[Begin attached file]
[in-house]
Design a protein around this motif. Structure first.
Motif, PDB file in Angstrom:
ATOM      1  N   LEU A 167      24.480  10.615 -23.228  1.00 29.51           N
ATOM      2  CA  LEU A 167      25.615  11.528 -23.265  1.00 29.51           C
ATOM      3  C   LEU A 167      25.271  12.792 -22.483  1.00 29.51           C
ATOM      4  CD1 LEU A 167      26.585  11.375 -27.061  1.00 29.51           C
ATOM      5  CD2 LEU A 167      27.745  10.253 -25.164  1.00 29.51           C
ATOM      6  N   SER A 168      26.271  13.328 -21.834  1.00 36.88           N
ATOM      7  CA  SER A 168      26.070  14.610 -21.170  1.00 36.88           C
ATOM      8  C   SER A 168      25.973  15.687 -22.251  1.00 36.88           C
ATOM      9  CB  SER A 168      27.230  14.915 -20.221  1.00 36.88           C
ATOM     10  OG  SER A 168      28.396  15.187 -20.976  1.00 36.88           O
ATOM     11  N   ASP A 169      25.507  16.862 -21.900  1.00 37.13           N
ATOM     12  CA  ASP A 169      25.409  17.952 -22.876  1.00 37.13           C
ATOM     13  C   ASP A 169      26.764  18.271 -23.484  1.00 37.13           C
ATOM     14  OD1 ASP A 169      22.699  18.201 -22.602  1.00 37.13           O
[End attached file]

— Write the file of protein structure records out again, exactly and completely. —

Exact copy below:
[in-house]
Design a protein around this motif. Structure first.
Motif, PDB file in Angstrom:
ATOM      1  N   LEU A 167      24.480  10.615 -23.228  1.00 29.51           N
ATOM      2  CA  LEU A 167      25.615  11.528 -23.265  1.00 29.51           C
ATOM      3  C   LEU A 167      25.271  12.792 -22.483  1.00 29.51           C
ATOM      4  CD1 LEU A 167      26.585  11.375 -27.061  1.00 29.51           C
ATOM      5  CD2 LEU A 167      27.745  10.253 -25.164  1.00 29.51           C
ATOM      6  N   SER A 168      26.271  13.328 -21.834  1.00 36.88           N
ATOM      7  CA  SER A 168      26.070  14.610 -21.170  1.00 36.88           C
ATOM      8  C   SER A 168      25.973  15.687 -22.251  1.00 36.88           C
ATOM      9  CB  SER A 168      27.230  14.915 -20.221  1.00 36.88           C
ATOM     10  OG  SER A 168      28.396  15.187 -20.976  1.00 36.88           O
ATOM     11  N   ASP A 169      25.507  16.862 -21.900  1.00 37.13           N
ATOM     12  CA  ASP A 169      25.409  17.952 -22.876  1.00 37.13           C
ATOM     13  C   ASP A 169      26.764  18.271 -23.484  1.00 37.13           C
ATOM     14  OD1 ASP A 169      22.699  18.201 -22.602  1.00 37.13           O